The Copper Kettle is an actual Irish bar in Woodside, Queens. When I say actual I mean it’s not one of these paint-by-number bullshit paddy joints that spring up in big cities with names like Flanagan’s and Murphy’s and The Perfect Pint. These are bars that throw a couple coats of purple and pink paint on the front facade and think their Guinness is worth $8 because of the “authentic experience”. Meanwhile the Monday night trad session features a fiddle player from Staten Island with an Italian last name.
The Kettle is run by actual Irish people. It is frequented by them too. Folks who identify themselves by county and when they banter about “the football” it ain’t American football OR soccer.
This is usually where I watch the Super Bowl. It’s my local. Two blocks from my apartment. I play golf with the owner once a week. The bartenders are my friends. There’s rarely a face in there I don’t recognize and every time I walk in I hope upon hope that won’t be the case. (If you have a local, you don’t need further explanation.)
I go to the Kettle to watch golf every Sunday. And often Saturdays, Fridays and Thursdays. The bar has comically gained the title “New York’s preeminent golf bar” because (a) I’m good at giving things nicknames and (b) there is NEVER a Sunday during golf season where the final round of a PGA tour event won’t be found on one of it’s five large TVs in the bar area.
That includes Super Bowl Sunday.
Two years ago, well after “the big game” had started, I commandeered prime television real estate to watch Rickie Fowler and Hideki Matsuyama battle in a playoff down in Scottsdale. Nobody complained. You know why? Because it’s my local, I’m bigger than everybody else in there and a half dozen Irish fellas in the joint had WAY more money on the golf than on the football. (Shane Lowry falling outside the top five cost Mickey Gobbs at least a grand. Though nobody knows with Gobbs.)
All this was a long-winded way of saying, you know, I just don’t care all that much about the Super Bowl. To me the Super Bowl is to football fans what St. Patrick’s Day is to drinker: a chance for the die hards to step aside and let the amateurs have a go.
I don’t care about your tips for hosting the perfect Super Bowl party. I don’t care about the national anthem or the halftime show or the commercials. And while this may seem odd coming a football fan, I don’t give a damn who wins or loses the game. That’s why I don’t go anywhere special or doing anything of note. Hell, I don’t even bother hopping on the subway to Josie Woods in Manhattan – where I watch every Bears game – because who cares?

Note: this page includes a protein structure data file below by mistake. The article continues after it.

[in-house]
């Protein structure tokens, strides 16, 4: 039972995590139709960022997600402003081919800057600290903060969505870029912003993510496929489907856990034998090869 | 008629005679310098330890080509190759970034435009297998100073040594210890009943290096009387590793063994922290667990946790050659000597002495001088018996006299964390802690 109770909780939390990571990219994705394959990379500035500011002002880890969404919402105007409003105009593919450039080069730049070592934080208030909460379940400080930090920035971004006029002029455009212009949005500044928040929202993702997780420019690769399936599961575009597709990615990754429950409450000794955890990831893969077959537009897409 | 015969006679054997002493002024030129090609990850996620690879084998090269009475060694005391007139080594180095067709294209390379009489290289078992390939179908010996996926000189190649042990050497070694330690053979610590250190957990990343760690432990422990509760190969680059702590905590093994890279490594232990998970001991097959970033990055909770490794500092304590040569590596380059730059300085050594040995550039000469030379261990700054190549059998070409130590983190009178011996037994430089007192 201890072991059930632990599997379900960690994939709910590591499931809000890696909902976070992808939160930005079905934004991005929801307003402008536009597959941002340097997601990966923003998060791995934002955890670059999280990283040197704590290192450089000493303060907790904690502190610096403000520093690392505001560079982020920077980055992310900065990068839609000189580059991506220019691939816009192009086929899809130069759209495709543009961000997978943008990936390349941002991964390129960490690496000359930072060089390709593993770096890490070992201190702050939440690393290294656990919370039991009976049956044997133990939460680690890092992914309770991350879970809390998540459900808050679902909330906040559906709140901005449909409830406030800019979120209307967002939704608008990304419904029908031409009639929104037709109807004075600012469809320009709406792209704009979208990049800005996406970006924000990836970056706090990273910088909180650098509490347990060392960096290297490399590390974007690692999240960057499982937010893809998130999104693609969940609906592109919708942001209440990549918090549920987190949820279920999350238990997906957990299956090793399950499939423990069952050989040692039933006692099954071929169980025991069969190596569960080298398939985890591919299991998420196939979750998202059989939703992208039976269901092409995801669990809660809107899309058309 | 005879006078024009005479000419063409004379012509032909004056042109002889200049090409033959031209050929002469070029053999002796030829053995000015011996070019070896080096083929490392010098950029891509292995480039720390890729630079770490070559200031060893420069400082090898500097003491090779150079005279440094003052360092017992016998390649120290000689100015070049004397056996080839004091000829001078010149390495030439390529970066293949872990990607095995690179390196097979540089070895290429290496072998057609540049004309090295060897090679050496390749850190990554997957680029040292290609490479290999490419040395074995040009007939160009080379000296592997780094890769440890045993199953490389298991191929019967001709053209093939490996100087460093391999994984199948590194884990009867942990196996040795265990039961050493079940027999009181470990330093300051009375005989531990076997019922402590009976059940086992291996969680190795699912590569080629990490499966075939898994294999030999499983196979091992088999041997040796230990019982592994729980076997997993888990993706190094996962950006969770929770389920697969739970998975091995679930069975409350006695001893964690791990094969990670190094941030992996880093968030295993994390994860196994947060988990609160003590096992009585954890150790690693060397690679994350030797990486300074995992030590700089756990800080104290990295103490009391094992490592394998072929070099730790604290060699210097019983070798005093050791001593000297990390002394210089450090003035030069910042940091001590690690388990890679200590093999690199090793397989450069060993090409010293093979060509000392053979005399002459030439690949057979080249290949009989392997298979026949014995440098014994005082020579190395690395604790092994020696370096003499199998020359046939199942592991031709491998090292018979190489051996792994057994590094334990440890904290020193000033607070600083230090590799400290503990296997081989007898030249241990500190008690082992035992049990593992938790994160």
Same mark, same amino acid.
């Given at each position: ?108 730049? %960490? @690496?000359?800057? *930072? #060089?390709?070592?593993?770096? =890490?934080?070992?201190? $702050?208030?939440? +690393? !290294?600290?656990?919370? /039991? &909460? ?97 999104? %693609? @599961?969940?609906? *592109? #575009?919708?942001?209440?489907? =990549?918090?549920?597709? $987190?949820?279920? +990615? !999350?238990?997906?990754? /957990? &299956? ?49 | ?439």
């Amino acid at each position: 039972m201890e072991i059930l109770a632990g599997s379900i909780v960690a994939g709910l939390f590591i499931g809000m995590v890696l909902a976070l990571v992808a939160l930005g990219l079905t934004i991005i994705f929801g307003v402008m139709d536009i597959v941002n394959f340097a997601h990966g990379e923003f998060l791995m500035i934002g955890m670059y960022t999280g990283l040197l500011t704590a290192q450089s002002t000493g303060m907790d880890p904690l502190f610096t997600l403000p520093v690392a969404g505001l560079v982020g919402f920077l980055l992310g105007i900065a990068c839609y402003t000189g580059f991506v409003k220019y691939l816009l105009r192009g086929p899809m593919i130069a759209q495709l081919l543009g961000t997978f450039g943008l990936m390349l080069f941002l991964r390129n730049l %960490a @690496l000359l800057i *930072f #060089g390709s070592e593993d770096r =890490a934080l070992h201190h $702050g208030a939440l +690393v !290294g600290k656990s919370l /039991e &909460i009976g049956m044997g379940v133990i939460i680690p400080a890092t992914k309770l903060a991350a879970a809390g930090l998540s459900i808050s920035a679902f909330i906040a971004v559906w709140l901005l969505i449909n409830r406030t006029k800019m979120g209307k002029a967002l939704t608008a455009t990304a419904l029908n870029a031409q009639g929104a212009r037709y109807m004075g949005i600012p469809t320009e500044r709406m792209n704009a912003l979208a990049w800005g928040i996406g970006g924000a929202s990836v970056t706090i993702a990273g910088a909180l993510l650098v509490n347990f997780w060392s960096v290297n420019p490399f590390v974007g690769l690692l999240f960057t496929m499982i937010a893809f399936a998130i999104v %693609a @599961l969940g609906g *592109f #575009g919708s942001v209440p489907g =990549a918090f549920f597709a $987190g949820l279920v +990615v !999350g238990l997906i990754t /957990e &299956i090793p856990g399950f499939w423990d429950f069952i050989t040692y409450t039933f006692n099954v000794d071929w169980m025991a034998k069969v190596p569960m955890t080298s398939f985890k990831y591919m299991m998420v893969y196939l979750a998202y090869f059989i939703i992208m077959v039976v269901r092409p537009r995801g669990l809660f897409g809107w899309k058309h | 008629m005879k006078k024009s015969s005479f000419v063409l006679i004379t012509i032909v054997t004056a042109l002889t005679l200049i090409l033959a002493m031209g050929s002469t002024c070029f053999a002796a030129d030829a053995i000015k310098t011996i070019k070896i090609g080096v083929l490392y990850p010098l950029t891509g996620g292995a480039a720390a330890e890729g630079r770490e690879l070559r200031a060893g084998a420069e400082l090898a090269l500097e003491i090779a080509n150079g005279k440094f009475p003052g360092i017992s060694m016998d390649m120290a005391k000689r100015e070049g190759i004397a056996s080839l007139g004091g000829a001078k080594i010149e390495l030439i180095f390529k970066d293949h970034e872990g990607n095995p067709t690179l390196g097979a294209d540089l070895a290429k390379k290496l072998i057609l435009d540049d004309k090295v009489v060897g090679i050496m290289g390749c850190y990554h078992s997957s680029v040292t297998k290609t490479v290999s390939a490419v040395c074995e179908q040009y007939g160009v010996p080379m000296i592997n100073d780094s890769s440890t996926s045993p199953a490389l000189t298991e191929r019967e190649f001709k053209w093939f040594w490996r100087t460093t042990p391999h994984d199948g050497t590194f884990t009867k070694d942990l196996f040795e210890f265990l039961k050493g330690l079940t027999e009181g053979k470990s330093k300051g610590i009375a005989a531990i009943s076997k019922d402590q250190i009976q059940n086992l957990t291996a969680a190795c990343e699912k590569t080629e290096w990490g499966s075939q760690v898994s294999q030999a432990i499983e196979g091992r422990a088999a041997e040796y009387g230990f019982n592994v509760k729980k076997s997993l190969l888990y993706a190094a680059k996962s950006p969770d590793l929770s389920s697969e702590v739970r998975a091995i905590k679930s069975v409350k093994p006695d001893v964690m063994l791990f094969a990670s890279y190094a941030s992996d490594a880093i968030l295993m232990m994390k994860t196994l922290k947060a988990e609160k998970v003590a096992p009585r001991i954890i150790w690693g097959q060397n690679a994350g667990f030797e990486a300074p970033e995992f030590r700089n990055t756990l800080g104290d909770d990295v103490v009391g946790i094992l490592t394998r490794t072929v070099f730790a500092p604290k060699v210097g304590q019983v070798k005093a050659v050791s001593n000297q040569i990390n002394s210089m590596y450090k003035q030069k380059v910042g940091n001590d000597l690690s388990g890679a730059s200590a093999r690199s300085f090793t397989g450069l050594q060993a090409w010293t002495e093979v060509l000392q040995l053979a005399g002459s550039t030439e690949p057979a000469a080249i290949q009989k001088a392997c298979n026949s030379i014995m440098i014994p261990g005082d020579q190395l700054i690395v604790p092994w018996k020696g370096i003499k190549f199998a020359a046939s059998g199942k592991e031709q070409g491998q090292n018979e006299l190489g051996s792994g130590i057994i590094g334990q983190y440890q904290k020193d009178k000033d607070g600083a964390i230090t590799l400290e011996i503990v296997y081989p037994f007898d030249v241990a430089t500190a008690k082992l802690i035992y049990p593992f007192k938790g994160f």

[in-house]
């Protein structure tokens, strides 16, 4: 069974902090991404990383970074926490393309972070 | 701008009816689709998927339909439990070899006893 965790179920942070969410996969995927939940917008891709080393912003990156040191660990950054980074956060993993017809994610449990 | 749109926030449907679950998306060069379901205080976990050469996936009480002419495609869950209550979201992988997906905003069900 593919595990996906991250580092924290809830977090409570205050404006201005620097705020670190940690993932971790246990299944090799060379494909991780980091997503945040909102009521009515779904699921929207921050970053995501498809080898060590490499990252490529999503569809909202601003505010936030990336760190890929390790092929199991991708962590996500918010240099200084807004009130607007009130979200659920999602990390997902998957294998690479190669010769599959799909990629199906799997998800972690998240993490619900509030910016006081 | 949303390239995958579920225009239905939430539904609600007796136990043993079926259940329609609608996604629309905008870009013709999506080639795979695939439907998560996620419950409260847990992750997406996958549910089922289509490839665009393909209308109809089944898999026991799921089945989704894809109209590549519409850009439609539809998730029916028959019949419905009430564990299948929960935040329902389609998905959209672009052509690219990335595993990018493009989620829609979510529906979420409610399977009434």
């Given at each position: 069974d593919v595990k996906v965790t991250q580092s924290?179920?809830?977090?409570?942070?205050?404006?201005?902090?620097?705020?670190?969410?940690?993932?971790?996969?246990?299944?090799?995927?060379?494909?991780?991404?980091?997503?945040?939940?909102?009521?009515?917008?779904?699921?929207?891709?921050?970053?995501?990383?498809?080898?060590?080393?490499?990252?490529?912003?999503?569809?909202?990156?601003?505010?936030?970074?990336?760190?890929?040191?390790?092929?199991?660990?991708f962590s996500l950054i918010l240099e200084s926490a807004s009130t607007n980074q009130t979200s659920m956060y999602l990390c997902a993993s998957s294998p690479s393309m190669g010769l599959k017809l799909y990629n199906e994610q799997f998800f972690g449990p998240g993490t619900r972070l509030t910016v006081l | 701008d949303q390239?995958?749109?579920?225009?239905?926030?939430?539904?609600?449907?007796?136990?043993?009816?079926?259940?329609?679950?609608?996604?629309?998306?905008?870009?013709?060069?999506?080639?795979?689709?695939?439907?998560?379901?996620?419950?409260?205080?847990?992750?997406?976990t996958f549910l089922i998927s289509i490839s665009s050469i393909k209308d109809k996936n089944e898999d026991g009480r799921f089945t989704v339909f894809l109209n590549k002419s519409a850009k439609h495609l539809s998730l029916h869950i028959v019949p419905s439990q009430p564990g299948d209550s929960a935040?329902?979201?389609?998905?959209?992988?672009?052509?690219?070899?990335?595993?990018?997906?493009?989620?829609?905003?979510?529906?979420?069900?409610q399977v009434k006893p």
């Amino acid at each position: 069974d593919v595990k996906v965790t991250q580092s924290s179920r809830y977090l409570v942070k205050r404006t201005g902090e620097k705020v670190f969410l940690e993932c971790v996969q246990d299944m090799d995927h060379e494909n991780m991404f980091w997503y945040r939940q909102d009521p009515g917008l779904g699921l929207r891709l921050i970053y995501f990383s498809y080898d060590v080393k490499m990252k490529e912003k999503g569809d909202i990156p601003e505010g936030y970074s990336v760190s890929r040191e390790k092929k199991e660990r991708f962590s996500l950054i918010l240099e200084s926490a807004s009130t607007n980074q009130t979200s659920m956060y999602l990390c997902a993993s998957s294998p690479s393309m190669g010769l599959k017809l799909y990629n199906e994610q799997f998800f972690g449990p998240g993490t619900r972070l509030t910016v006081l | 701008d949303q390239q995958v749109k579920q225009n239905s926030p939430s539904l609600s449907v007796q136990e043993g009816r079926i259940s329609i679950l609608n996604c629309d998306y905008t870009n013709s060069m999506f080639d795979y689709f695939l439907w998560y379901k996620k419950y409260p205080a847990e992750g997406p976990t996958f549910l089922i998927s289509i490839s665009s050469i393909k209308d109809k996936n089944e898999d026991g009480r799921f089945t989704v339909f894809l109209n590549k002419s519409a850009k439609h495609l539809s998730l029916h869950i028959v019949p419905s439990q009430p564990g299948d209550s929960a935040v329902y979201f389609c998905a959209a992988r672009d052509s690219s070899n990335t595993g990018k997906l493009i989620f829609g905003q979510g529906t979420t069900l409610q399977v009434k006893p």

When the Bears were in the game, I spent two sleepless weeks calling random radio shows – Sporting News used to have a station in New York – and playing out the match-up in black and white composition notebooks. If I had been accused of murder in the days after the Super Bowl, those notebooks would have gotten me the chair.
When the Packers have been in the Super Bowl, I’ve been invested. Barring the Third Reich or Reagan Administration (specifically during the AIDS epidemic) starting an AFC team and making it to the last game, there’s no way I wouldn’t be invested in rooting against the Packers on Super Bowl Sunday.
But Patriots/Eagles? Broncos/Seahawks? Steelers/Cardinals? To quote the great Happy Gilmore, “Gold jacket, green jacket, who gives a shit?” Sure there have been fun, memorable moments in these games. Tyree and the helmet. Carroll’s crazy call on the goal line. Santonio’s game-winning grab.
But if that ball hits Tyree in the head and then hits the ground…okay.
If Russell Wilson hands the ball to Marshawn Lynch and he walks into the end zone…cool.
If Santonio drops that title…fine.
Memorable moments are all well and good but if one is not emotionally invested in the outcome of the ball game they are the equivalent of a third-person experience. I’m not in it. I cared more about every single Mitch Trubisky throw in 2017 than any play that’s happened in a Super Bowl since Rex Grossman threw the ball to Kelvin Hayden. And it’s not close.
Because when it comes to these Super Bowls, I just don’t give a shit. And it’s not because I don’t have a rooting interest in the game. It’s because I have my strongest rooting interest not in the game. I put so much into the sixteen games played by one team I don’t really have much left for the rest of em. There are sports I love and can get passionately worked up about. Non-Bears pro football ain’t one of them.
You see, if I had to rank my sports-watching passions, here they are:
1. Chicago Bears football
3. Major international soccer tournaments/qualifying
4. Non-Chicago Bears football
The gap between one and two is substantial. The gap between two and three is wider than a Connor Barth field goal attempt from more than 40 yards.
Will I watch the Super Bowl this Sunday? Of course. Even though the Kettle will have 75 people in there who don’t watch another football game all year. Even though “Super Bowl” is second only to Brooklyn Nets as the dumbest named thing in sports (The Nets are named after part of the playing surface. Think about that.) I’ll watch the Super Bowl because I like football and it’s an important football game.
I just won’t care. And if there’s excitement in Scottsdale, I may be a little late.